And so it begins—the fall/winter running season. Dark when I leave in the morning (and soon to be dark when I return as well). Possibly raining. And COLD.
Today it was dark and cold, but happily not raining. (It rained all day yesterday, though.) Because of yesterday's rain, I didn't really want to go to the track for speedwork. It's muddy enough under normal circumstances, I didn't want to deal with extra mud! So I decided to do 4 x 1-mile intervals on the road for today's speedwork. It went okay, but I don't think I'm really effective doing speedwork except on a track. (More on that in a moment.)
As for COLD, that it was. Well, it was in the mid-40's, which is a lot colder than I've been accustomed to over the summer and even in recent weeks. I over-compensated for the cold, though, by wearing a pretty thick long-sleeved shirt under a running jacket, plus gloves. I always feel like I'm going to be colder running than I actually am (there is a warm-up factor, you know). I could have done well wearing a lighter long-sleeved shirt or possibly even a short-sleeved shirt under the jacket. The gloves were a good idea, though. I think my hands would have been pretty cold without them, at least for the first few miles till my quickly circulating blood warmed me up. Irritatingly, despite the many pairs of gloves I own, last night I could only find one pair suitable for running. They happened to be hot pink, and my jacket was coral-colored. Oh well. It was dark out.
I started out by doing two miles of warm-up (jogging at a 10+ pace). Since it was so dark, I couldn't see the Garmin (and haven't yet figured out how to lock the light on), so I had to rely on the beeps to know when I finished a mile. After the two mile beep, I kicked my pace up to do my first "speed" mile.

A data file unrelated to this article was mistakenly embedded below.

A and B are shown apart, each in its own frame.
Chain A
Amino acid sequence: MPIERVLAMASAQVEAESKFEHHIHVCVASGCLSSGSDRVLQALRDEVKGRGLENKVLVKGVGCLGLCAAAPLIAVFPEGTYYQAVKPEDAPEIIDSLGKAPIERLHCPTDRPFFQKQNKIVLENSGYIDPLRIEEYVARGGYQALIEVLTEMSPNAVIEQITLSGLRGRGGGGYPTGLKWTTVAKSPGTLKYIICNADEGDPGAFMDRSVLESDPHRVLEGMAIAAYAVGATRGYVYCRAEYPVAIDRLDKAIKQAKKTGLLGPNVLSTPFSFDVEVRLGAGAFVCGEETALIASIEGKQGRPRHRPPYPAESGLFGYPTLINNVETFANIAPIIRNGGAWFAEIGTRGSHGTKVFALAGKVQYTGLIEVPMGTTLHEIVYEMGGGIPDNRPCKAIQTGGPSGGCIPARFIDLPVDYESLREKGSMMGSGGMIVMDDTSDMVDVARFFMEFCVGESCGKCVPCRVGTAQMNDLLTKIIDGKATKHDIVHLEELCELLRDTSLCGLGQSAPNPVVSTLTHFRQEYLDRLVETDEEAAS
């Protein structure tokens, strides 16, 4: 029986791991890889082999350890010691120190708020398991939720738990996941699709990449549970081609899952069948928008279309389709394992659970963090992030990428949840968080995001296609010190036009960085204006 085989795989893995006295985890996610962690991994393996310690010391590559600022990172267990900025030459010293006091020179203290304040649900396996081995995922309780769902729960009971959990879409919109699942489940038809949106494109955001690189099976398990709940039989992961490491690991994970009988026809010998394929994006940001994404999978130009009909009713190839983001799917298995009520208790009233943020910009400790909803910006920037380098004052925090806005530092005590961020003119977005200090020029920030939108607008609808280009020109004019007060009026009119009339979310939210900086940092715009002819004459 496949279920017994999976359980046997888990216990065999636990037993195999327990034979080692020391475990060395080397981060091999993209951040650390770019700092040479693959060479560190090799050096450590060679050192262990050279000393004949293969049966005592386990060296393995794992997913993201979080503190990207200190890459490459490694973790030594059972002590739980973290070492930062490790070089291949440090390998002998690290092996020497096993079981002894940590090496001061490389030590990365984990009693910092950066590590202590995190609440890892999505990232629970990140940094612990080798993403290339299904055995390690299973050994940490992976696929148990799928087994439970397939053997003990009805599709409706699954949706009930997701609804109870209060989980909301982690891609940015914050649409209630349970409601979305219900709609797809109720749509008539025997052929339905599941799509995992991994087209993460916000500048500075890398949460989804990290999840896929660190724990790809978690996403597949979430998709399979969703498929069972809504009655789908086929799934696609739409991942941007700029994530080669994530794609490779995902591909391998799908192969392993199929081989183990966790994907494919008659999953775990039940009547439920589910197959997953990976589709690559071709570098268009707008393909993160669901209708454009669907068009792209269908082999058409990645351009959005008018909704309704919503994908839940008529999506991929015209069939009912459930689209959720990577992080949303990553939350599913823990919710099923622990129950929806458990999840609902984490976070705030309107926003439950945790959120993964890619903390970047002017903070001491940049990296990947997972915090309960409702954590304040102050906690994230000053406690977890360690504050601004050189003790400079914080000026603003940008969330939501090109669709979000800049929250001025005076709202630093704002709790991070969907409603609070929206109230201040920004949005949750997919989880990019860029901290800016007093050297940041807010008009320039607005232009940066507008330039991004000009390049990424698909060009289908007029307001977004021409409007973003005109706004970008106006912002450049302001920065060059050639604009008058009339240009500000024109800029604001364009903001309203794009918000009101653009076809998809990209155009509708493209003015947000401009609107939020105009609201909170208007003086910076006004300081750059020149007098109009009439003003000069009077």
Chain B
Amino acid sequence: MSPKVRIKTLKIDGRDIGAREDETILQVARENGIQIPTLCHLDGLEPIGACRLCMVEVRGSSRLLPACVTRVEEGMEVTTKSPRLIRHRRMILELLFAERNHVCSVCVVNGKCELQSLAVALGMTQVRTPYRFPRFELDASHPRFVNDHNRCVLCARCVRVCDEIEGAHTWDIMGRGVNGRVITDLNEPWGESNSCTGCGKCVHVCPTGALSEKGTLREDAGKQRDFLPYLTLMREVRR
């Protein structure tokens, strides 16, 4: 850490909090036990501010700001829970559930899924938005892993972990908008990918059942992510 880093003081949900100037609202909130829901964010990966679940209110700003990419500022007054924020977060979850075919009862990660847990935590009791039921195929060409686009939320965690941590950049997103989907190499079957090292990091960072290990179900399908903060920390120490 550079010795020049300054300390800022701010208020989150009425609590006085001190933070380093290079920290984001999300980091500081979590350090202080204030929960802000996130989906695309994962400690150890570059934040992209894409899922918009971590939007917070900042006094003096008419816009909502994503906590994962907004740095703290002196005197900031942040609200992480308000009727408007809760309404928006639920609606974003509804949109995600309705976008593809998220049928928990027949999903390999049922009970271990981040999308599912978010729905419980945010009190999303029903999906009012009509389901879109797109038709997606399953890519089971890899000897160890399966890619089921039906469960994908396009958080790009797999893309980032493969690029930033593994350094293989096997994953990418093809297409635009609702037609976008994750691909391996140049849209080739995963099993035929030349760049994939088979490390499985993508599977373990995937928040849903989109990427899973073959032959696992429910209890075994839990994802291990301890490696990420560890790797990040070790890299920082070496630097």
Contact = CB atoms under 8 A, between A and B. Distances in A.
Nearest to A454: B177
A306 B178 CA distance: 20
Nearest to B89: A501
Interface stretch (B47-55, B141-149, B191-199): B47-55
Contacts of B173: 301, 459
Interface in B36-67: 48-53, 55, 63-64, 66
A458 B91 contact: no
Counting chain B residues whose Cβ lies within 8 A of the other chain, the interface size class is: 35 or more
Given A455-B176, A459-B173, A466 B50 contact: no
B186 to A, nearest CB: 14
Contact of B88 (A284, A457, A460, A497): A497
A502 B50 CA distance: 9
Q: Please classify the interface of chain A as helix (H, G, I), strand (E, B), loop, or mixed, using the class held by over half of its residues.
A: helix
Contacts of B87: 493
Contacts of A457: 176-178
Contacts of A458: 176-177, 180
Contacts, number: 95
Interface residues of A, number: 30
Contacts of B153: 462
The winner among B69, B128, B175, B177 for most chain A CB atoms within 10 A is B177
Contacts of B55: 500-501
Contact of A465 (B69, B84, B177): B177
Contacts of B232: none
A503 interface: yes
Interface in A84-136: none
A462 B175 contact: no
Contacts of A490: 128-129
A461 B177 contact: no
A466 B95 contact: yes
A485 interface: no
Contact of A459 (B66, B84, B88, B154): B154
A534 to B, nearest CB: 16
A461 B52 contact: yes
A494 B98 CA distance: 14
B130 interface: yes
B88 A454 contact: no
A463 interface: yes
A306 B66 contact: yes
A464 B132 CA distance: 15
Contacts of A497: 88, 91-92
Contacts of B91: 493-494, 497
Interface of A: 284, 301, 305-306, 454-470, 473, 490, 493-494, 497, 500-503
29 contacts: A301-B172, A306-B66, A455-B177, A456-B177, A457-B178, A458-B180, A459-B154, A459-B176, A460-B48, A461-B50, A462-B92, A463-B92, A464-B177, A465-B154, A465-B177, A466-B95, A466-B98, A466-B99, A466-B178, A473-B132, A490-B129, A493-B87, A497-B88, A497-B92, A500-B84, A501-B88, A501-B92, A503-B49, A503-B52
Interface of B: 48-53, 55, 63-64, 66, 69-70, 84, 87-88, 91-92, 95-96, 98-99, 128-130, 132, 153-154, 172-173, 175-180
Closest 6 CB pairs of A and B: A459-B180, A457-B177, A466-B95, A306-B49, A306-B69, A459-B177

I will say right now that my speedwork this morning was more on the caliber of a tempo/pace run than a speed workout. Each of my "fast" miles was in what seems to be my current half-marathon pace range, between 8:30 and 8:50, which is not a bad pace by any means. But it is far slower than what I have done on the track, even for a distance as long as a mile (under 8 minutes, even under 7:30 once).
I think it must be primarily a psychological thing. When I'm out there doing intervals on the track, whether it's quarter mile, half mile, or even a full mile, I put it all out there for the duration of each lap. After I finish a lap I rest a little, then I go again. When I'm on the road, in the middle of a distance run, it's harder to mentally separate the "fast" miles from the rest. Yes, I can pick up my pace, but it's just more difficult to put it all out there knowing that the road goes on even after I finish my interval. Plus, of course, the conditions are more pure at the track. On the road I face inclines and declines, corners, lights, traffic, pedestrians, and potential hazards like tree roots or sidewalk signs.
My general plan was to follow the warm-up with four 1-mile intervals, with about a half mile recovery jog in between each. My first recovery jog was intentionally short, only .35 miles, because that got me to Grand Avenue Park, which is a little more than a quarter mile in length. I wanted to start speed mile 2 there, so I could go up and down the park twice and finish a mile that way. Accordingly, my next recovery jog was a little long, .65 miles, so I could get my laps back on track to "even" miles and half miles. (By this time, it was light enough that I could see the Garmin pretty well.)
Another speed mile, another half mile recovery (with an emergency bathroom stop in the middle of the recovery lap), then my final speed mile was followed by a bonus speed mile back down to Starbucks.
Warm-up Mile 1 - 10:30
Warm-up Mile 2 - 10:07
Speed Mile 1 - 8:38
Recovery - .35 mile at 9:16 pace
Speed Mile 2 - 8:31
Recovery - .65 mile at 9:32 pace
Speed Mile 3 - 8:50
Recovery - .14 mile at 10:40 pace plus .36 mile at 10:36 pace
Speed Mile 4 - 8:48
Speed Mile 5 - 8:37
Recovery - .14 mile at 9:44 pace
Walk home - .5 mile (not included in total mileage)
TOTAL - 8.64 miles, average pace 9:17
The moral of this story is: If you really want to do speedwork, go to the track.